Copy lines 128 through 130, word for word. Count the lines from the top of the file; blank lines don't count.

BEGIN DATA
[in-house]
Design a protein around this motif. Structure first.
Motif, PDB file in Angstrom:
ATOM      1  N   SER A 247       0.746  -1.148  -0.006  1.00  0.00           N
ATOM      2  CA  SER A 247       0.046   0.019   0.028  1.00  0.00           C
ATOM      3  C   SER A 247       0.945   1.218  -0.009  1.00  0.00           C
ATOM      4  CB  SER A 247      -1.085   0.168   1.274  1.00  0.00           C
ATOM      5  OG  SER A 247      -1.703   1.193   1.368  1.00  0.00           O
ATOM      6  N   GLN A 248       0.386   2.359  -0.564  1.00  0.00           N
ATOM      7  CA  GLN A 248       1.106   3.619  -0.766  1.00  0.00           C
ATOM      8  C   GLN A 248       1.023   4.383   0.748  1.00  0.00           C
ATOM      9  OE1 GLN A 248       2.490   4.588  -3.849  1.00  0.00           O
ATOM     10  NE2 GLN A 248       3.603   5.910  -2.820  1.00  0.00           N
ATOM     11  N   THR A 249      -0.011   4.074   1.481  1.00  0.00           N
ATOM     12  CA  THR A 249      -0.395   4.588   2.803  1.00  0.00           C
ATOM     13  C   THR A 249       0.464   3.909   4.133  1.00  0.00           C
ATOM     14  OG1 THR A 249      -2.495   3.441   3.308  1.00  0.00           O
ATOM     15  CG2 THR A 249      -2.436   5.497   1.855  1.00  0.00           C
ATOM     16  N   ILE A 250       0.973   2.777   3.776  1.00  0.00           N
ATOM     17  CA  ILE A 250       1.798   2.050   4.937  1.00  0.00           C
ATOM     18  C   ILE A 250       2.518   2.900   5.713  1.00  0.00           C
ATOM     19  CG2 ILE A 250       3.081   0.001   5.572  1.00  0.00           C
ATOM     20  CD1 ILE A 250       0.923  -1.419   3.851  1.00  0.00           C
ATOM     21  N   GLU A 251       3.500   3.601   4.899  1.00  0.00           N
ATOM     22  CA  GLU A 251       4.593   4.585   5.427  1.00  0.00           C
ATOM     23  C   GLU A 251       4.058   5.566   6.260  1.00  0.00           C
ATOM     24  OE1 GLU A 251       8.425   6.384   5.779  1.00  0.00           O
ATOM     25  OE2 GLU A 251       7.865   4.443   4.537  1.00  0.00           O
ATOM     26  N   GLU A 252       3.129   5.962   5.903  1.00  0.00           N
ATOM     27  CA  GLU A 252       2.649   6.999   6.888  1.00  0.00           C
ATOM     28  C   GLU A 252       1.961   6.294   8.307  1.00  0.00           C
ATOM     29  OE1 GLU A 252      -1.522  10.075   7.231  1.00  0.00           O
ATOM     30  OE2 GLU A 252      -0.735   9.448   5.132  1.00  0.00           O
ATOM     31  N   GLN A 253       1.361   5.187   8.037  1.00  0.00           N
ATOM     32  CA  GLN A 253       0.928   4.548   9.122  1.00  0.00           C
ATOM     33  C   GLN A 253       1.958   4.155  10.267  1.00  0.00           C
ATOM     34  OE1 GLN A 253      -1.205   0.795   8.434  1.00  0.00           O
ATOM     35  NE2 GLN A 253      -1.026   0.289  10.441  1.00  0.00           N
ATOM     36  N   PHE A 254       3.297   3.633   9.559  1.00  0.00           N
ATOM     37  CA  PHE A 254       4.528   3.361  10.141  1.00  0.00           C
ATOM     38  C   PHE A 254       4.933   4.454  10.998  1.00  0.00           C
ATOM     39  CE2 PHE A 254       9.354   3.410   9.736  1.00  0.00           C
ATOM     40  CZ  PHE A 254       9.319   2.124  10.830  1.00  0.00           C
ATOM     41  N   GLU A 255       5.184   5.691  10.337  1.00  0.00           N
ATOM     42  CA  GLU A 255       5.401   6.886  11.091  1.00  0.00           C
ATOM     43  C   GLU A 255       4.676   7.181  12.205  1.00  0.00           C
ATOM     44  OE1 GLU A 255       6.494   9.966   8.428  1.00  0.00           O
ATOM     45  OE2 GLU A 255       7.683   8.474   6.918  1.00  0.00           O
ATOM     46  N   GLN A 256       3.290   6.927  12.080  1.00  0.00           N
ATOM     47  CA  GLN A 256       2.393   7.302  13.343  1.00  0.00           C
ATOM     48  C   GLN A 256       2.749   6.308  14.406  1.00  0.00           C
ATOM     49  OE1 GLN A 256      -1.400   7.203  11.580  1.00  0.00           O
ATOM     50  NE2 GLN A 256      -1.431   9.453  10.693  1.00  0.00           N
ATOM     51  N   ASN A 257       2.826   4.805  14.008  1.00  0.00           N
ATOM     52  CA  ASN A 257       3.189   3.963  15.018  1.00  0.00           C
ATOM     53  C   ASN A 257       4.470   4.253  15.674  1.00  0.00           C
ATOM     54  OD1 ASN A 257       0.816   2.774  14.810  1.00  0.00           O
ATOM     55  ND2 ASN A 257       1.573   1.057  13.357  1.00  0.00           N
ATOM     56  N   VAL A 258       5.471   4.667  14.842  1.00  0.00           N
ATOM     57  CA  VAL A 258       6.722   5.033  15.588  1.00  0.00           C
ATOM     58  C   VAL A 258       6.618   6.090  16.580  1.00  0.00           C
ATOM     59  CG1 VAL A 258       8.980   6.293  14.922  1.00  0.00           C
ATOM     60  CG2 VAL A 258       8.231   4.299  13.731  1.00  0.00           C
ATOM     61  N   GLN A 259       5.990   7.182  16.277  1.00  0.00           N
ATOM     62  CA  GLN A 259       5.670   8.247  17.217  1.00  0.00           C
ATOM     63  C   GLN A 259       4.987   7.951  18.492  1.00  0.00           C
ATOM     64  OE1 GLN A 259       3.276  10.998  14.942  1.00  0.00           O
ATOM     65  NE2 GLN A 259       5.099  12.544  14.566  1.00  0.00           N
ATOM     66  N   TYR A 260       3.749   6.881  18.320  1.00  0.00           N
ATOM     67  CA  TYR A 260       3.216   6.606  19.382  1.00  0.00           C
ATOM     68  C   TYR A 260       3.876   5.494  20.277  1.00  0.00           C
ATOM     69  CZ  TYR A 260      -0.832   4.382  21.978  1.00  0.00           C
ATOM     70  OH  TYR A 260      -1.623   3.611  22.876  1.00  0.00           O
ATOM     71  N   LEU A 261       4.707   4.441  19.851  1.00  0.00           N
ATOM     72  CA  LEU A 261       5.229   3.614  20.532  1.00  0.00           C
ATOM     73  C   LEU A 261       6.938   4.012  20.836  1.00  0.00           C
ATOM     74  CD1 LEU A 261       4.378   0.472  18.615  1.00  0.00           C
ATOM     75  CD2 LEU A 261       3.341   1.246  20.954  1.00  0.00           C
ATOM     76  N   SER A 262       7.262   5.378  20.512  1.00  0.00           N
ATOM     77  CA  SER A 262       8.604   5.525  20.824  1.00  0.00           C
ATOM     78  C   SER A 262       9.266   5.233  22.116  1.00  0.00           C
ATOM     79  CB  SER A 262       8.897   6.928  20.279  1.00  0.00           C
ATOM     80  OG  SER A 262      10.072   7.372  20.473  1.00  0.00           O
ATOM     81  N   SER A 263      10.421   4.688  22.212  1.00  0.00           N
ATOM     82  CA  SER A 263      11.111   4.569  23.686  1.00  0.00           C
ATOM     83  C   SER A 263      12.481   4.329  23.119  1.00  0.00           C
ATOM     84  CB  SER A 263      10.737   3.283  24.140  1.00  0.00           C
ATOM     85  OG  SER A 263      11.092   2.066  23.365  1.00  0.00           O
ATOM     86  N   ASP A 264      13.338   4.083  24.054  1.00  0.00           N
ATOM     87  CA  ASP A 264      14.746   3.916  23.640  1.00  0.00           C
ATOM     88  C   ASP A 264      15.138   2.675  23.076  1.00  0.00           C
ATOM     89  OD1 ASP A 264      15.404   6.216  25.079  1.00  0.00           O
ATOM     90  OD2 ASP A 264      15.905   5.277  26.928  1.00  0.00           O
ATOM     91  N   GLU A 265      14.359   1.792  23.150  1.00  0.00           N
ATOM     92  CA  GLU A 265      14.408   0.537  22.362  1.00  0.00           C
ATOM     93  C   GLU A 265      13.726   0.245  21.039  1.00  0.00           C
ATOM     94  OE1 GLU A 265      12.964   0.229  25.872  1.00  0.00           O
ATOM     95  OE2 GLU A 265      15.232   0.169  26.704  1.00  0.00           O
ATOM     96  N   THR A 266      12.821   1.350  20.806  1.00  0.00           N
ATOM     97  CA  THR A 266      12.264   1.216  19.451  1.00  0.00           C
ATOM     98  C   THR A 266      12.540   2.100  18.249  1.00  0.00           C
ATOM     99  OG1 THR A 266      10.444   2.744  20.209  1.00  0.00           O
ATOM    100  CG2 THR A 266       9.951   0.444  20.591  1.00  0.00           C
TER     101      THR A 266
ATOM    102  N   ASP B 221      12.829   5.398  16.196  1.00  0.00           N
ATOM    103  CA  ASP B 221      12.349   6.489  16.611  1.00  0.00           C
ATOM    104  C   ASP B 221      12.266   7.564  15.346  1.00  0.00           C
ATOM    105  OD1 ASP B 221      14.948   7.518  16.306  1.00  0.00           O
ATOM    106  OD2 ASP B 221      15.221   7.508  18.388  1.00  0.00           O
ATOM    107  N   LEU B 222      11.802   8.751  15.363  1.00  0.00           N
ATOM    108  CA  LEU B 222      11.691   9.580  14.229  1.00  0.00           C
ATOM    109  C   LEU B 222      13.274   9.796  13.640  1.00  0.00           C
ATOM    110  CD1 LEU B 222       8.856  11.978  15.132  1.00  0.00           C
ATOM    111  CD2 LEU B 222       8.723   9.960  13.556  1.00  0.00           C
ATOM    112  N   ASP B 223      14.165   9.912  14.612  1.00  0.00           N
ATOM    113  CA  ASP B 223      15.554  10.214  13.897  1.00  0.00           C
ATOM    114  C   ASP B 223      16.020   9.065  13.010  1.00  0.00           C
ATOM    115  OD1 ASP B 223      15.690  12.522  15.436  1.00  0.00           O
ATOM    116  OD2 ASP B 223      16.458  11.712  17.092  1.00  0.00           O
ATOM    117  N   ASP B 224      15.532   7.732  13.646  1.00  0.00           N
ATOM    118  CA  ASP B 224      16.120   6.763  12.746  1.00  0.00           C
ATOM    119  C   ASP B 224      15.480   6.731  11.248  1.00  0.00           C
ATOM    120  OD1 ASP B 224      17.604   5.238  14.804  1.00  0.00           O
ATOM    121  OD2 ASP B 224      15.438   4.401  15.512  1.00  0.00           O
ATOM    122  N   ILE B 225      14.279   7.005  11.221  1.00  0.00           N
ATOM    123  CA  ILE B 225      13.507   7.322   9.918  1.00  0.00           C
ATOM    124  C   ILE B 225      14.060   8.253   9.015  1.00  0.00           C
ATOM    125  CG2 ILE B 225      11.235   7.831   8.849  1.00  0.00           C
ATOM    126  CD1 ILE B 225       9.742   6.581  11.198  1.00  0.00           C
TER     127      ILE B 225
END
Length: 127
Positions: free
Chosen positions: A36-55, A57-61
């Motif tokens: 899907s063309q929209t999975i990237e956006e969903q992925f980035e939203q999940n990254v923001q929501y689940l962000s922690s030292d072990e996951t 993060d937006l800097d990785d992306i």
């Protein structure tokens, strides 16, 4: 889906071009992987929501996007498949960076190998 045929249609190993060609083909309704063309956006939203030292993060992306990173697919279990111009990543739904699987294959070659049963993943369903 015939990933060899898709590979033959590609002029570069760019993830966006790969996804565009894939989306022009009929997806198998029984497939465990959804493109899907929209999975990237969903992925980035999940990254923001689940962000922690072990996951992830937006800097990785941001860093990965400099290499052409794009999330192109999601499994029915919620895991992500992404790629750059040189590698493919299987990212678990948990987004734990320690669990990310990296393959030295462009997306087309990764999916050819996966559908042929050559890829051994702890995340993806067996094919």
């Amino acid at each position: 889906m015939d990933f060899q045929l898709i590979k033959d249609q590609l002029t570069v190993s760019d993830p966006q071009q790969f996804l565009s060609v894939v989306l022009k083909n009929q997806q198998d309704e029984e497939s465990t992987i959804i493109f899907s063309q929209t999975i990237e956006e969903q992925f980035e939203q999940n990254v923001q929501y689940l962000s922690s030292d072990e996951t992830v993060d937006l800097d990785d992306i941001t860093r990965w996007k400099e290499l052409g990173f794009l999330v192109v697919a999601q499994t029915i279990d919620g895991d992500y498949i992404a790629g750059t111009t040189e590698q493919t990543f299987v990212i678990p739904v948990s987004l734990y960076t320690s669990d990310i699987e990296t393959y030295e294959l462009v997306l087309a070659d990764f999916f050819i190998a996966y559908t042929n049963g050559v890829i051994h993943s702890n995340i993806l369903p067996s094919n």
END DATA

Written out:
ATOM    125  CG2 ILE B 225      11.235   7.831   8.849  1.00  0.00           C
ATOM    126  CD1 ILE B 225       9.742   6.581  11.198  1.00  0.00           C
TER     127      ILE B 225